Compulsory citizenship education is having a positive impact on students’ confidence, tolerance and respect, according to a new study. The National Foundation for Educational Research also points to improvements in behaviour and attitudes and a greater awareness of current affairs and engagement with the community.
Citizenship has been part of the national curriculum since 2002 and today’s study says it is increasingly accepted by secondary school leaders and teachers but it is still not firmly embedded in a minority of schools where students may not be getting their statutory entitlement. The report, ‘Embedding Citizenship Education in Secondary Schools in England’ is NFER’s latest report from its groundbreaking Citizenship Education Longitudinal Study.
It says one of the main successes has been that many schools see citizenship education as helping young people to prepare for life in modern society, building their confidence and conviction to ‘have a say’ now and to participate more in the community and vote in elections in future. Students reported that CE lessons tended to involve more active participation than those in other subjects.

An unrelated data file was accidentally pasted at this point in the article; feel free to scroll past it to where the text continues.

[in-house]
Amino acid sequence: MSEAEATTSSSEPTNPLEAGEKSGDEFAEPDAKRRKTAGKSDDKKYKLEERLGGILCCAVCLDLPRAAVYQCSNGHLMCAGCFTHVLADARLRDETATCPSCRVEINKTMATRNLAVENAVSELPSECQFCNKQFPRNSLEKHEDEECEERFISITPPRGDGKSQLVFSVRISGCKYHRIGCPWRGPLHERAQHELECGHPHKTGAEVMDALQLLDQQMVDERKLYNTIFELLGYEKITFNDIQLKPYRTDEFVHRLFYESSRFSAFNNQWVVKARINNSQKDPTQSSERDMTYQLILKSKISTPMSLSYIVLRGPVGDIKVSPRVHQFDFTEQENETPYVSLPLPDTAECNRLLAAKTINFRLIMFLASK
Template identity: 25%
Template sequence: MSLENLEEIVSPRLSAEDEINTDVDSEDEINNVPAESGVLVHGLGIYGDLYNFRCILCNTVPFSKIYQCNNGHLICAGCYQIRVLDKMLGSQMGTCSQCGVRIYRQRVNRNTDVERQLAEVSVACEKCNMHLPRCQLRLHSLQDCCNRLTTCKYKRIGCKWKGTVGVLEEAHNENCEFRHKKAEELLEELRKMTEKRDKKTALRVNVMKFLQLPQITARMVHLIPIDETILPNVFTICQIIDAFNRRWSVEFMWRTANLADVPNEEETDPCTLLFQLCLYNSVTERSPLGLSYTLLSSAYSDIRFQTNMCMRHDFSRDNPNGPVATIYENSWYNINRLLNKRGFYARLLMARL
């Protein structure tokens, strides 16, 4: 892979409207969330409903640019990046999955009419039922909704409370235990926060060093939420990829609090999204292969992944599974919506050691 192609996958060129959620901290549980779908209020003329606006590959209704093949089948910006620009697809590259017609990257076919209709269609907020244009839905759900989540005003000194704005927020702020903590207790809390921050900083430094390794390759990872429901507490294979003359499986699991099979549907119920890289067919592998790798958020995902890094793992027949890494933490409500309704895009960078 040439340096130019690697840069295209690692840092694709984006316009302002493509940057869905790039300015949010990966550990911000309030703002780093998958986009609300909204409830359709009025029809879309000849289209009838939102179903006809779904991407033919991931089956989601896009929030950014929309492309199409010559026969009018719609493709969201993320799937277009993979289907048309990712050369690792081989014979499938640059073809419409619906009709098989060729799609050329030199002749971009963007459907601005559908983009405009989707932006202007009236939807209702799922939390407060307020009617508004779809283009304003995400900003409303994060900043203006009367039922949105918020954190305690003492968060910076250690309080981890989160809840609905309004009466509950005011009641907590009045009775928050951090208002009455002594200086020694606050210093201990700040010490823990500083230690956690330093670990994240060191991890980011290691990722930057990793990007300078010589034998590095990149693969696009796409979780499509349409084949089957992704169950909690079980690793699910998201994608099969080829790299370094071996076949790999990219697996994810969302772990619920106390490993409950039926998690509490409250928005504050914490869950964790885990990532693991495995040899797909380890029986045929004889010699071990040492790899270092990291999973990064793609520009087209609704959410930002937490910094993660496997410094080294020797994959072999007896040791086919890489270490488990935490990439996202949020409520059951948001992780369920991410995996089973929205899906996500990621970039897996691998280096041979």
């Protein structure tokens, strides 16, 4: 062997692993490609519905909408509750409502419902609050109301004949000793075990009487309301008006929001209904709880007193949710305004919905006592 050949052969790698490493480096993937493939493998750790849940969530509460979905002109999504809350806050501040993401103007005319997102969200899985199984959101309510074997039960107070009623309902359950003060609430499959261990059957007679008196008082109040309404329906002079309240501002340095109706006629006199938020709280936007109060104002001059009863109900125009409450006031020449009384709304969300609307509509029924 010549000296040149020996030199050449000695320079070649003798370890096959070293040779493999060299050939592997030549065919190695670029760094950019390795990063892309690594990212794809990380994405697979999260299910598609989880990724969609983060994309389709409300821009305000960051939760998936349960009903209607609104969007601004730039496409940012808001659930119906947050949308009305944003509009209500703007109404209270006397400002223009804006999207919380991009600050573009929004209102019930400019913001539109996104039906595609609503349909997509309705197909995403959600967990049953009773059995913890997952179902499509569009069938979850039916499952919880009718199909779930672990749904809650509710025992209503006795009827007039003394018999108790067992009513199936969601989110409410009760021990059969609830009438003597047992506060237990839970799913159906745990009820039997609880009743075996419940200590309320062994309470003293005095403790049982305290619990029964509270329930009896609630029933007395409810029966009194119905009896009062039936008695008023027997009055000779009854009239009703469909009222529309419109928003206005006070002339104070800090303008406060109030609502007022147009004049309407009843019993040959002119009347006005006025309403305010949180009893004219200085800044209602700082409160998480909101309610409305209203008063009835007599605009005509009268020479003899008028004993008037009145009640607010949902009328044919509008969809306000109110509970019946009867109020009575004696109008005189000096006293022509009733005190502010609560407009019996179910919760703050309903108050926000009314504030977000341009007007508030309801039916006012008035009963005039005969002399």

The study shows that the progress in the subject has been marked by ‘considerable ebb and flow’. The subject, it says, is still evolving and more needs to be done to increase pupils’ participation in and outside school, to improve awareness to end students’ confusion about citizenship and general personal, social and health education. It adds that delivery can be undermined by weak leadership and the low status of CE.
David Kerr, Director of the Longitudinal Study, said: “It has taken time but there are clear signs in this report that Citizenship has become accepted in schools, particularly for its forward looking contribution in engaging young people with current issues and preparing them for life in modern society.”